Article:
Chekhov International Theatre Festival was established in 1992. The idea came about in 1986 at the Constituent Congress of the USSR Union of Theatremakers. After the fall of the iron curtain Russian theatre had to become part of the global cultural exchange, find its own identity, meet the new challenges and become part of the intensive artistic dialog. After the collapse of the Soviet Union in 1991, at the last Congress of the USSR Union of Theatremakers, it was decided to convert it into the International Confederation of Theatre Unions (ICTU), and thus try to keep an integrated theatre space.
Chekhov Festival became a vehicle of that approach. The Confederation became its founder, and Valery Shadrin was appointed the Director General and the Producer of the first international theatre festival that the professionals and the audience in this country were dreaming about for so many years. Overcoming the major obstacles and the passive thinking of many, Valery Shadrin, along with Kirill Lavrov and Oleg Yefremov, was arguing the utmost importance of the festival for the countries where the touring industry has collapsed. While maintaining the theatre ties within the former Soviet Union, the Festival became attractive companion and equal partner for major international theatre forums.
The Festival brought to Moscow the productions of long-time favorites – Giorgio Strehler, Peter Brook, Peter Stein, Patrice Chéreau, Otomar Krejča. We have got to see the works by Ariane Mnouchkine, Robert Wilson, Krystian Lupa, Christoph Marthaler, Romeo Castellucci, Heiner Göbbels and many others. The production of The Oresteia directed by Peter Stein in Moscow in 1994, started the series of the Festival own productions with such iconic figures as Frank Castorf, Joseph Nadj, Lynn Hwan-min, Daniele Finzi Paskа, Joе Kanamori, Vajdi Mouawad, Mats Eck, and Nacho Duato.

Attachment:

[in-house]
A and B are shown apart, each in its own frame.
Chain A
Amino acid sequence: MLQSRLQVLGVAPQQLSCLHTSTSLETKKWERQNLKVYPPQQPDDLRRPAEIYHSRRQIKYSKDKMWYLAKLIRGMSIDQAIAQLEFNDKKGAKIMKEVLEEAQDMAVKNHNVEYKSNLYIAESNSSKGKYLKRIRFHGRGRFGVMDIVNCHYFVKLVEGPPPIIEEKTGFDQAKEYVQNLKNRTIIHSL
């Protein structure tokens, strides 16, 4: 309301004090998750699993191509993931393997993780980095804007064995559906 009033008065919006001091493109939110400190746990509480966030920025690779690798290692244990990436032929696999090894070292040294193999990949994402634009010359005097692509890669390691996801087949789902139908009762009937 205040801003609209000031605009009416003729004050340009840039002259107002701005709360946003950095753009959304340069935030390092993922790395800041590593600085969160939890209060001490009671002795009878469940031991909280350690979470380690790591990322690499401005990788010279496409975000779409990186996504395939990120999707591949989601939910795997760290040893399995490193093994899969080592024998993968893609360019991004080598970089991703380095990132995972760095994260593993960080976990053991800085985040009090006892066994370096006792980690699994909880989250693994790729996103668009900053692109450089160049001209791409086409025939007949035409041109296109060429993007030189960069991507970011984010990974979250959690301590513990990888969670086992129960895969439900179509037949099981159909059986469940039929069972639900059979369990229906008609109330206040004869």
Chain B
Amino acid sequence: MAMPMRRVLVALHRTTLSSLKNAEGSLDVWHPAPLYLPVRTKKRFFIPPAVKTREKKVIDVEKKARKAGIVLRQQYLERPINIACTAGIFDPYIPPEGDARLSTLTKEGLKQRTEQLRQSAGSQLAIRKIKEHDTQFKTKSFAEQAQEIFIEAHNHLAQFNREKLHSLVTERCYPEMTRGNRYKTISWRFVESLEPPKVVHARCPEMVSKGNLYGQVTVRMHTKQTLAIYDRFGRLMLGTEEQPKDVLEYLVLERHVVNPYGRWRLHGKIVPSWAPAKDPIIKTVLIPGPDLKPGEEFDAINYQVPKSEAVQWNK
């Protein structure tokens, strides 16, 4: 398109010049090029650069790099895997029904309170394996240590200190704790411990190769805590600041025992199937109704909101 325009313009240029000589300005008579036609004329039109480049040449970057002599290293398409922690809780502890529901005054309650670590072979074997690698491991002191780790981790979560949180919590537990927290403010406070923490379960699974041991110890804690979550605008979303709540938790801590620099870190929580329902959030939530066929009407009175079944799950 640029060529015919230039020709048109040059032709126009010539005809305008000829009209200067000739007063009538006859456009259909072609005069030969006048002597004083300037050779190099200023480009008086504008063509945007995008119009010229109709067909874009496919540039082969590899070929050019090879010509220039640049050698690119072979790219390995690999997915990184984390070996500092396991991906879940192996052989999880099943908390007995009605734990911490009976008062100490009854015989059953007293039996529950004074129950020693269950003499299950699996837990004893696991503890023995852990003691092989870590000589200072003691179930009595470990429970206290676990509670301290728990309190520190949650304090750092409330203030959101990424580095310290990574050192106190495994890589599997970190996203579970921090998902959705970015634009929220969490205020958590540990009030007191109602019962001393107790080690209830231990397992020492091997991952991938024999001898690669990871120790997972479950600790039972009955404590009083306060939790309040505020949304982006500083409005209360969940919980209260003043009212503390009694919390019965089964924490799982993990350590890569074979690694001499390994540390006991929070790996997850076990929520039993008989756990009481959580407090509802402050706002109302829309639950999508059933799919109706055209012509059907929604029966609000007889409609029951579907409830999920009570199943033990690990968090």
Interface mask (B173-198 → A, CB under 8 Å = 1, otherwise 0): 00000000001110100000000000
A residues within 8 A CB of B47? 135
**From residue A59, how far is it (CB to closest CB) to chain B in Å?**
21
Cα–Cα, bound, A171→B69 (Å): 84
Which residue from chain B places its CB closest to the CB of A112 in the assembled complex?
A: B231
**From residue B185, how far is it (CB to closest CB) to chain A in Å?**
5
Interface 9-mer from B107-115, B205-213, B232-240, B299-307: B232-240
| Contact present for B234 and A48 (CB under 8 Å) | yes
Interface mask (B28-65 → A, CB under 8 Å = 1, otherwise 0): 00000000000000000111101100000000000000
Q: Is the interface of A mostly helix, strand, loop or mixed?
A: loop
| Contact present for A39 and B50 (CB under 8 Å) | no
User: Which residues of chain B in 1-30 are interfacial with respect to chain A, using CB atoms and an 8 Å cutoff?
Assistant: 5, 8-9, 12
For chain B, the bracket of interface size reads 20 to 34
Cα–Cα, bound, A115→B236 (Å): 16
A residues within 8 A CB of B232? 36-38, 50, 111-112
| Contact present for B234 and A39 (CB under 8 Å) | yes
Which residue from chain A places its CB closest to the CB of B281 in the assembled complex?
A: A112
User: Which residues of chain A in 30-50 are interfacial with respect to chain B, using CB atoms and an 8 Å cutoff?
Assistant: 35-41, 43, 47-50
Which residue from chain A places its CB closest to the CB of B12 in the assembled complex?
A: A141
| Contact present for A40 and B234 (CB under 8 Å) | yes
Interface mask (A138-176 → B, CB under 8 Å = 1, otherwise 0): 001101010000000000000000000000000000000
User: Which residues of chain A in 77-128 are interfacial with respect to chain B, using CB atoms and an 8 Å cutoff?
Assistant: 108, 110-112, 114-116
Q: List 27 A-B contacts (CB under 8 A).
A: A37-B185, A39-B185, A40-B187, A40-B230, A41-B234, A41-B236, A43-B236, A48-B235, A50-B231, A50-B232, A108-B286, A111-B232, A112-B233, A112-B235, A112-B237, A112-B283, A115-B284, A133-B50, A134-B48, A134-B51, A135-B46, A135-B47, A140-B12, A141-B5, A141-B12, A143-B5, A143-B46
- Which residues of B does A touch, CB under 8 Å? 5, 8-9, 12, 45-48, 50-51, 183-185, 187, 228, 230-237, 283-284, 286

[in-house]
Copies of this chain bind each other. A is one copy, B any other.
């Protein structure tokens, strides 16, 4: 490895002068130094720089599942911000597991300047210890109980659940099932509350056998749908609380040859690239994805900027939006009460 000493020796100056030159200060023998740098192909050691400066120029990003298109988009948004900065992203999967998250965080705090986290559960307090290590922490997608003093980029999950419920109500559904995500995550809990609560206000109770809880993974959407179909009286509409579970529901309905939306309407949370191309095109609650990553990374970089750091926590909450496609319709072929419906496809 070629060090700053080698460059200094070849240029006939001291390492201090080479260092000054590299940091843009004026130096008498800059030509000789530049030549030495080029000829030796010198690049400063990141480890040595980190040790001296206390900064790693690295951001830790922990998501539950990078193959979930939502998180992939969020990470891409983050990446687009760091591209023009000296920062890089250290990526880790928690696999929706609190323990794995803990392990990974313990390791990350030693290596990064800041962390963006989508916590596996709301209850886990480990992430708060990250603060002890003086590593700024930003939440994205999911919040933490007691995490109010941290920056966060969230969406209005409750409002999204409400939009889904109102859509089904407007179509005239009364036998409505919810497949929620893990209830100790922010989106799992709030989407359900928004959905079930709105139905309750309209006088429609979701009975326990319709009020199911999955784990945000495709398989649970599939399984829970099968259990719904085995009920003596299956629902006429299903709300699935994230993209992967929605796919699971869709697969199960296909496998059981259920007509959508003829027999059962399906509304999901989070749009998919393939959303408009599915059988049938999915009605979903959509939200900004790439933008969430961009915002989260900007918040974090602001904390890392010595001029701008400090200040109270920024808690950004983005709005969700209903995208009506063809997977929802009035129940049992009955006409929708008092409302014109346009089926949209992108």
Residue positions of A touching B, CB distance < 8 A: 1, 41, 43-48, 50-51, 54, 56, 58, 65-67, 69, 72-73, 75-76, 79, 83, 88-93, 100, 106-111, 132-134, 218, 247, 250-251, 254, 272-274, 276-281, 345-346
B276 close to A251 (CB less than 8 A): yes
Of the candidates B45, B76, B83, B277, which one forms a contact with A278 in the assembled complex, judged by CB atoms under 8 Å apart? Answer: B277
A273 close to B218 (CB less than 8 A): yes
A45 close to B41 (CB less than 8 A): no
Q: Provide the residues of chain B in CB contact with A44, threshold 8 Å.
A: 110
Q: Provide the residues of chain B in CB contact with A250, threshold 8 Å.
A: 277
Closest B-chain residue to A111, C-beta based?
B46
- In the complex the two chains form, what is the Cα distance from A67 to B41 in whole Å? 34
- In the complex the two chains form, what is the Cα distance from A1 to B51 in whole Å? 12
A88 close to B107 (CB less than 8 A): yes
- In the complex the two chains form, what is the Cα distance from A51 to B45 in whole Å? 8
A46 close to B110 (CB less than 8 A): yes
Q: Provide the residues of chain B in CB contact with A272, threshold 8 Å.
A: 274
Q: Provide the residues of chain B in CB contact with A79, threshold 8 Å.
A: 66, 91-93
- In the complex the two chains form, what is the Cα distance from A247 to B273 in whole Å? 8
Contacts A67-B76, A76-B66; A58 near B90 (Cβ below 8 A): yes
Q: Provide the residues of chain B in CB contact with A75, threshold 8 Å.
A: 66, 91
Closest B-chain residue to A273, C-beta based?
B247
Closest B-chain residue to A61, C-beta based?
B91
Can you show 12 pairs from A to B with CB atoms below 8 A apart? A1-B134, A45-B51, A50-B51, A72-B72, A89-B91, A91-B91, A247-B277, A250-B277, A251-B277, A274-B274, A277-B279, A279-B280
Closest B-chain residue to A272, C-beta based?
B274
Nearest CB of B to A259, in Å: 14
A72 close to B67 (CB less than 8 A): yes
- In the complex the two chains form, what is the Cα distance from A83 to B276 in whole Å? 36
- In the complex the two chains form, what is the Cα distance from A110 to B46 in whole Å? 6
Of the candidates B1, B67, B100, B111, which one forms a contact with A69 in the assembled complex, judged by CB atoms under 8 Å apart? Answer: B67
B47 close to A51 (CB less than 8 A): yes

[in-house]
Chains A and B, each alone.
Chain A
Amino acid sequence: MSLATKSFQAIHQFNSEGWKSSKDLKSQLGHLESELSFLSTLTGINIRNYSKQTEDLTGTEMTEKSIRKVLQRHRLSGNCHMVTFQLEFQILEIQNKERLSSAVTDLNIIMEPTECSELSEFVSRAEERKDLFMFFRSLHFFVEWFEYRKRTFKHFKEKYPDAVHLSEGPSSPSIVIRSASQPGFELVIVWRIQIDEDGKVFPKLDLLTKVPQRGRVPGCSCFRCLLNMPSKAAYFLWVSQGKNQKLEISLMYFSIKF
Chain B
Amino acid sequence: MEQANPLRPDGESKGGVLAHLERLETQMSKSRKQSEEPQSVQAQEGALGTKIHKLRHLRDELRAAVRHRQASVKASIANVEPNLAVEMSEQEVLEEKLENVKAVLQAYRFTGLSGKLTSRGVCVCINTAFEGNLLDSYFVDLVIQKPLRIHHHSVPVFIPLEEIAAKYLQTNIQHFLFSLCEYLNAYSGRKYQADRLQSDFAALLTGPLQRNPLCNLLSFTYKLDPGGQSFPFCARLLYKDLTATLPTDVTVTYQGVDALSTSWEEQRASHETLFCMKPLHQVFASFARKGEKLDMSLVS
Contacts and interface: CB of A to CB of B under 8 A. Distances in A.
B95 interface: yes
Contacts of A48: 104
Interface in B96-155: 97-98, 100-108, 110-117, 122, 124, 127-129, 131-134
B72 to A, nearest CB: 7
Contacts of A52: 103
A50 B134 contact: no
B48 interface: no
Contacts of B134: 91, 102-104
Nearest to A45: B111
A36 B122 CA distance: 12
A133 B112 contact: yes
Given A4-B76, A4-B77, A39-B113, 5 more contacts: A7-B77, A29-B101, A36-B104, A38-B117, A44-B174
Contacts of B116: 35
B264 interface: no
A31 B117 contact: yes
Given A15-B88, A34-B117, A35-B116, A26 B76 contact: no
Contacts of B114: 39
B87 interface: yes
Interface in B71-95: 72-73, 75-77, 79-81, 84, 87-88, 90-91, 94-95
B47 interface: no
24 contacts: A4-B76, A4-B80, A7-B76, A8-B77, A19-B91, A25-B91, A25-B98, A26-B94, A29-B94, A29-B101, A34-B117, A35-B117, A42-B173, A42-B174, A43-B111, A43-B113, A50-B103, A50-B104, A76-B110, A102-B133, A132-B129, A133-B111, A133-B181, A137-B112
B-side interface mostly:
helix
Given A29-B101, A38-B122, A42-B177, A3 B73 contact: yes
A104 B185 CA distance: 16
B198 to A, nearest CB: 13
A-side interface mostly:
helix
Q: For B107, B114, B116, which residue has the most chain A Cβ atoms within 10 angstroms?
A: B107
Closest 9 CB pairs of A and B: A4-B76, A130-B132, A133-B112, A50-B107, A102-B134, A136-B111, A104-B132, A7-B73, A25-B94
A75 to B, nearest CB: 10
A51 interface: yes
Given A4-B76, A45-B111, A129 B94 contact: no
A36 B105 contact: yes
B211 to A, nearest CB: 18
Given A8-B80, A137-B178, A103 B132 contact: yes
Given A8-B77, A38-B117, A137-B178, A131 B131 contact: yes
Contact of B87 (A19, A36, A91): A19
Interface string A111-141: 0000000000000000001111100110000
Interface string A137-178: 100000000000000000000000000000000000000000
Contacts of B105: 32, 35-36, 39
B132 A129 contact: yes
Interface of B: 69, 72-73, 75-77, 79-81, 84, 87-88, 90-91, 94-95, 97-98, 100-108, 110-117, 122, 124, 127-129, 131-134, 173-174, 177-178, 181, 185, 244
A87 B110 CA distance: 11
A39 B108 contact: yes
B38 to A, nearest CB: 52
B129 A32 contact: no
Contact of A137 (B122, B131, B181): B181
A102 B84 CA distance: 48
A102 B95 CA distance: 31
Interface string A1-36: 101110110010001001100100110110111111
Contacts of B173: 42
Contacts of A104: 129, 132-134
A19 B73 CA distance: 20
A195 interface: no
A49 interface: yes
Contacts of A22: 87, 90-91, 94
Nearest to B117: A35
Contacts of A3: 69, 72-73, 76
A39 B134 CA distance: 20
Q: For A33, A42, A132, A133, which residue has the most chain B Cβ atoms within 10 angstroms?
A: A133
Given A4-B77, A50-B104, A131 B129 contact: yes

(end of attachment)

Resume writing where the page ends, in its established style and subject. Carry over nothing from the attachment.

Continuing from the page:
Lee Brewer, Declan Donnellan, Robert Lepage, Peter Stein keep coming back to present their new works in Moscow and beyond. In 2007, Declan Donnellan was elected the President of the Chekhov Festival Support Foundation, established to promote the values of World Theatre in the Russian regions. Chekhov Festival in many respects became the facilitator, the role model, and the partner for the emerging new Russian theatre festivals and forums.
The integral part of the Chekhov Festival mission is promoting and presenting the best Russian theatre has to offer at the most prestigious global performing arts forums. In 1997 the Chekhov Festival produced the Russian Theatre Series at the Avignon Festival. It was the first time that the European audience had an opportunity to see some of the most important productions of Anatoly Vasilyev, Rezo Gabriadze, Kama Ginkas, Pyotr Fomenko and others. It was followed by the Russian program at Europalia (Brussels, 2005) the Russian Seasons in Brazil, Japan, Colombia and other countries.
Chekhov Festival is actively involved in productive exchanges that go far beyond the European continent. Latin America, Japan, South Korea, and China became an integral part of the festival activities.
The Festival helped educating and upbringing several generations of theatre professionals and the audience members. In recognition of the special role of the Russian theatre and its Festival, the 3rd World Theatre Olympics took place in Moscow in 2001. The experimental program, an educational forum, and special programs of the Meyerhold Center led by Valery Fokin, and of the School of Dramatic Art led by Anatoly Vasilyev, as well as the grand Street Program led by Slava Polunin, expanded the boundaries of the World Theatre for the Russian audiences.
Maintaining the integrated theatre space remains the mission of the Chekhov Festival throughout its history. This means first and foremost conducting numerous projects on various levels: from youth forums and educational programs to professional retraining conferences, seminars and laboratories.
The Chekhov Festival produced and presented over 500 plays from 51 countries of the world. The festival was and remains "A Theatre For People". This definition by Giorgio Strehler became the motto of Theatre Olympics and remain our mission statement.
The Charter was approved by the Constituent Assembly on September 30, 2007.